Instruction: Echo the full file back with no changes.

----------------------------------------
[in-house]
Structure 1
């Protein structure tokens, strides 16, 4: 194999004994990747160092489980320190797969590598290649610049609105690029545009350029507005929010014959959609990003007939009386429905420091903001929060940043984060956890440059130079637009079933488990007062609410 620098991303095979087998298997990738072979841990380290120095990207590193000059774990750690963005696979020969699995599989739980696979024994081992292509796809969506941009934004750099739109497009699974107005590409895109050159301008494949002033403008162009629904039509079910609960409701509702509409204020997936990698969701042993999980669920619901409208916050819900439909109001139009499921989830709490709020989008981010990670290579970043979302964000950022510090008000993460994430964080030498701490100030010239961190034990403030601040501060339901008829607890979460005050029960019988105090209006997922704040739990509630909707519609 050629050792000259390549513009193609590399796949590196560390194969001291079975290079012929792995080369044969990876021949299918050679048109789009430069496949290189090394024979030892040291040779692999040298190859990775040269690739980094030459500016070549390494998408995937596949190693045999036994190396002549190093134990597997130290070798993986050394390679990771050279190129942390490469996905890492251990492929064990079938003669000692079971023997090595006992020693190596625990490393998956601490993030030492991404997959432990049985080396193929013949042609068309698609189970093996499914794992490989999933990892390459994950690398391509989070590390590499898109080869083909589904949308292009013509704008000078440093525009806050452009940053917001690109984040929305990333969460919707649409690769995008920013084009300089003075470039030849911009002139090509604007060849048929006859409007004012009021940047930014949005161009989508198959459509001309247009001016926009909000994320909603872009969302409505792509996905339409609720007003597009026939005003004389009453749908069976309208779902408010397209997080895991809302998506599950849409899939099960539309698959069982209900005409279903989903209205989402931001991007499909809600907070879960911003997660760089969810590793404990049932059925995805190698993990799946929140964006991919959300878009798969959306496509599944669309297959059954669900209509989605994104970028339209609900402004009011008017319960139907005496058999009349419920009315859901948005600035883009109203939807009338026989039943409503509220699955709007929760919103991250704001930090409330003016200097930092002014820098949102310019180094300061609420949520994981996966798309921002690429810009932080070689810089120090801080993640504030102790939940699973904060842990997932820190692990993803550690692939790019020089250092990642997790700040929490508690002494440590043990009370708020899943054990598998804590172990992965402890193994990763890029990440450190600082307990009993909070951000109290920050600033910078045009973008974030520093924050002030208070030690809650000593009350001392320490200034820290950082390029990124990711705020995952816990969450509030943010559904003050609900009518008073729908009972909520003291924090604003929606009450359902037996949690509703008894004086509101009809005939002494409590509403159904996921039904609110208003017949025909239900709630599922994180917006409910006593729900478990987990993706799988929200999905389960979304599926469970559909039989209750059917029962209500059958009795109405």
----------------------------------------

[in-house]
Structure 1
């Protein structure tokens, strides 16, 4: 194999004994990747160092489980320190797969590598290649610049609105690029545009350029507005929010014959959609990003007939009386429905420091903001929060940043984060956890440059130079637009079933488990007062609410 620098991303095979087998298997990738072979841990380290120095990207590193000059774990750690963005696979020969699995599989739980696979024994081992292509796809969506941009934004750099739109497009699974107005590409895109050159301008494949002033403008162009629904039509079910609960409701509702509409204020997936990698969701042993999980669920619901409208916050819900439909109001139009499921989830709490709020989008981010990670290579970043979302964000950022510090008000993460994430964080030498701490100030010239961190034990403030601040501060339901008829607890979460005050029960019988105090209006997922704040739990509630909707519609 050629050792000259390549513009193609590399796949590196560390194969001291079975290079012929792995080369044969990876021949299918050679048109789009430069496949290189090394024979030892040291040779692999040298190859990775040269690739980094030459500016070549390494998408995937596949190693045999036994190396002549190093134990597997130290070798993986050394390679990771050279190129942390490469996905890492251990492929064990079938003669000692079971023997090595006992020693190596625990490393998956601490993030030492991404997959432990049985080396193929013949042609068309698609189970093996499914794992490989999933990892390459994950690398391509989070590390590499898109080869083909589904949308292009013509704008000078440093525009806050452009940053917001690109984040929305990333969460919707649409690769995008920013084009300089003075470039030849911009002139090509604007060849048929006859409007004012009021940047930014949005161009989508198959459509001309247009001016926009909000994320909603872009969302409505792509996905339409609720007003597009026939005003004389009453749908069976309208779902408010397209997080895991809302998506599950849409899939099960539309698959069982209900005409279903989903209205989402931001991007499909809600907070879960911003997660760089969810590793404990049932059925995805190698993990799946929140964006991919959300878009798969959306496509599944669309297959059954669900209509989605994104970028339209609900402004009011008017319960139907005496058999009349419920009315859901948005600035883009109203939807009338026989039943409503509220699955709007929760919103991250704001930090409330003016200097930092002014820098949102310019180094300061609420949520994981996966798309921002690429810009932080070689810089120090801080993640504030102790939940699973904060842990997932820190692990993803550690692939790019020089250092990642997790700040929490508690002494440590043990009370708020899943054990598998804590172990992965402890193994990763890029990440450190600082307990009993909070951000109290920050600033910078045009973008974030520093924050002030208070030690809650000593009350001392320490200034820290950082390029990124990711705020995952816990969450509030943010559904003050609900009518008073729908009972909520003291924090604003929606009450359902037996949690509703008894004086509101009809005939002494409590509403159904996921039904609110208003017949025909239900709630599922994180917006409910006593729900478990987990993706799988929200999905389960979304599926469970559909039989209750059917029962209500059958009795109405």